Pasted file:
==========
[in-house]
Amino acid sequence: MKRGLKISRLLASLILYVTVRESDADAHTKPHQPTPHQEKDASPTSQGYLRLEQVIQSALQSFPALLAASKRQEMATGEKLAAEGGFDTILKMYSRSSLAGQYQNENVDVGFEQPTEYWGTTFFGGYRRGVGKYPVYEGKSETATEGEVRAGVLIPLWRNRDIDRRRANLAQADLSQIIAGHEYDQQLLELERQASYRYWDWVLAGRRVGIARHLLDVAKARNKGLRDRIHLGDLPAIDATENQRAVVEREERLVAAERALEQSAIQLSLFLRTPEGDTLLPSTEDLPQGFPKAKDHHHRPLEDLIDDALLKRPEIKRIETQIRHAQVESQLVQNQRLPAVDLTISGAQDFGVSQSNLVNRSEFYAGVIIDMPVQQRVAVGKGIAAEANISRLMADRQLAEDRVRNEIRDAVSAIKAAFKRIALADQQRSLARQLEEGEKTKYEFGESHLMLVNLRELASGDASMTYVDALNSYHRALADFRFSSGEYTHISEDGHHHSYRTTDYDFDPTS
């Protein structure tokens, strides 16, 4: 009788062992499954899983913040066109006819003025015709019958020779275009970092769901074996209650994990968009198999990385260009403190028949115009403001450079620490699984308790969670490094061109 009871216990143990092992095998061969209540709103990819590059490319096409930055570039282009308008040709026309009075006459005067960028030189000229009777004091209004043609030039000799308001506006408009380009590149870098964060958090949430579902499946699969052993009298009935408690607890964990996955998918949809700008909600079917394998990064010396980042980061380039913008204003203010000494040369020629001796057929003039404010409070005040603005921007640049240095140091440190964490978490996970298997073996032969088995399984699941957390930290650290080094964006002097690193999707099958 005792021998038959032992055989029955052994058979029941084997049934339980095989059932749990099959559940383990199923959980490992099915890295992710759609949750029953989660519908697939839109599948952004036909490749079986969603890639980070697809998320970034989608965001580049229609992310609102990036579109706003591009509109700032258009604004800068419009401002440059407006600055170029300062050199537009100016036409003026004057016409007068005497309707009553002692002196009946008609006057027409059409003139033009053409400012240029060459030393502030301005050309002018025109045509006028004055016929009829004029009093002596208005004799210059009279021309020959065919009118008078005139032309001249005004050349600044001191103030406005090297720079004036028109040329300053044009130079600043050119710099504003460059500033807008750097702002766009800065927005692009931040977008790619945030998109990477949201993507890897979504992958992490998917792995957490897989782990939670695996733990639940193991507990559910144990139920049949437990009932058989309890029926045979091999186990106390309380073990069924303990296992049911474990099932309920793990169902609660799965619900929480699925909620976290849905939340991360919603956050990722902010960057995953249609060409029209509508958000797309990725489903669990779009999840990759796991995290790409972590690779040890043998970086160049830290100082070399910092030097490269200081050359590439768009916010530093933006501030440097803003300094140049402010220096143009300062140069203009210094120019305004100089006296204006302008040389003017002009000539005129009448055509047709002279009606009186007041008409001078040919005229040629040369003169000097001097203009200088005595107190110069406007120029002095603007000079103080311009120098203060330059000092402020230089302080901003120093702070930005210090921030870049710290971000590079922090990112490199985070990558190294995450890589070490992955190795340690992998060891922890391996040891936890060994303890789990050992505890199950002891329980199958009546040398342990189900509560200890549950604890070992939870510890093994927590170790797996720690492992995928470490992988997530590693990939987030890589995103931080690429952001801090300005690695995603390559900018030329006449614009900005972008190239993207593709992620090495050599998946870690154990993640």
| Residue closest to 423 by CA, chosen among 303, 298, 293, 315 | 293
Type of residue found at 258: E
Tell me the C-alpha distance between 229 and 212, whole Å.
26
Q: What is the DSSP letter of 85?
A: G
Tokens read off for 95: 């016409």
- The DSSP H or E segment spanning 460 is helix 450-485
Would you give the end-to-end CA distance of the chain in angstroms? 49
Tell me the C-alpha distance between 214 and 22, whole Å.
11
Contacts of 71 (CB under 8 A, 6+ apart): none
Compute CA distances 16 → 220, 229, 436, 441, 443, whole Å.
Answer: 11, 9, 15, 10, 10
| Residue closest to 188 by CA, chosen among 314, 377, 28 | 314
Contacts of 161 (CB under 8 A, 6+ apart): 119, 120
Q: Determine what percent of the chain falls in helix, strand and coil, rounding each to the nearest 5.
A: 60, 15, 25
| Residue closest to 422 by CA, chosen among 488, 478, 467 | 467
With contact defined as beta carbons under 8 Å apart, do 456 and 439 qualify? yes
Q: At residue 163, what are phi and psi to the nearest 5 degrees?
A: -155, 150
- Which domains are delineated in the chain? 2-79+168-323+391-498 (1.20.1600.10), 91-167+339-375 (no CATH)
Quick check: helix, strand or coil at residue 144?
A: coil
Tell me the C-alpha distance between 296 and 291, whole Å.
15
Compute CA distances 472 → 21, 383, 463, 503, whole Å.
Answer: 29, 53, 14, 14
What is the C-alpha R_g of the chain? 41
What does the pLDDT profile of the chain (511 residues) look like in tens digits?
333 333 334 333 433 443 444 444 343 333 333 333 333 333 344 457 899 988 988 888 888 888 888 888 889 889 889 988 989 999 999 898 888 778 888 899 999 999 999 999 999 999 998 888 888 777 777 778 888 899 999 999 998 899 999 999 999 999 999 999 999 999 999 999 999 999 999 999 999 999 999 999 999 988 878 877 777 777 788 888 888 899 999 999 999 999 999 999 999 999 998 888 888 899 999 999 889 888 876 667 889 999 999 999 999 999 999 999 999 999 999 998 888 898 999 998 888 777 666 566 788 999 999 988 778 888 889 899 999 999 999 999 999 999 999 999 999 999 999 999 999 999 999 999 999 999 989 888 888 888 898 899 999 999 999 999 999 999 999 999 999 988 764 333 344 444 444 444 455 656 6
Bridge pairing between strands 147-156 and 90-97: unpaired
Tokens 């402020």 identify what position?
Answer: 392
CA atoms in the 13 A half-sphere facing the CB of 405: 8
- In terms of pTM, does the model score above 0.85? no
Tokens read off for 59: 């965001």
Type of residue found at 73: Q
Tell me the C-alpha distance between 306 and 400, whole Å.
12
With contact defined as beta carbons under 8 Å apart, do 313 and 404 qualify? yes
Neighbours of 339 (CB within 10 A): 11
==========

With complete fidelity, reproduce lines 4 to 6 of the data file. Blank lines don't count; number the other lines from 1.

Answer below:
| Residue closest to 423 by CA, chosen among 303, 298, 293, 315 | 293
Type of residue found at 258: E
Tell me the C-alpha distance between 229 and 212, whole Å.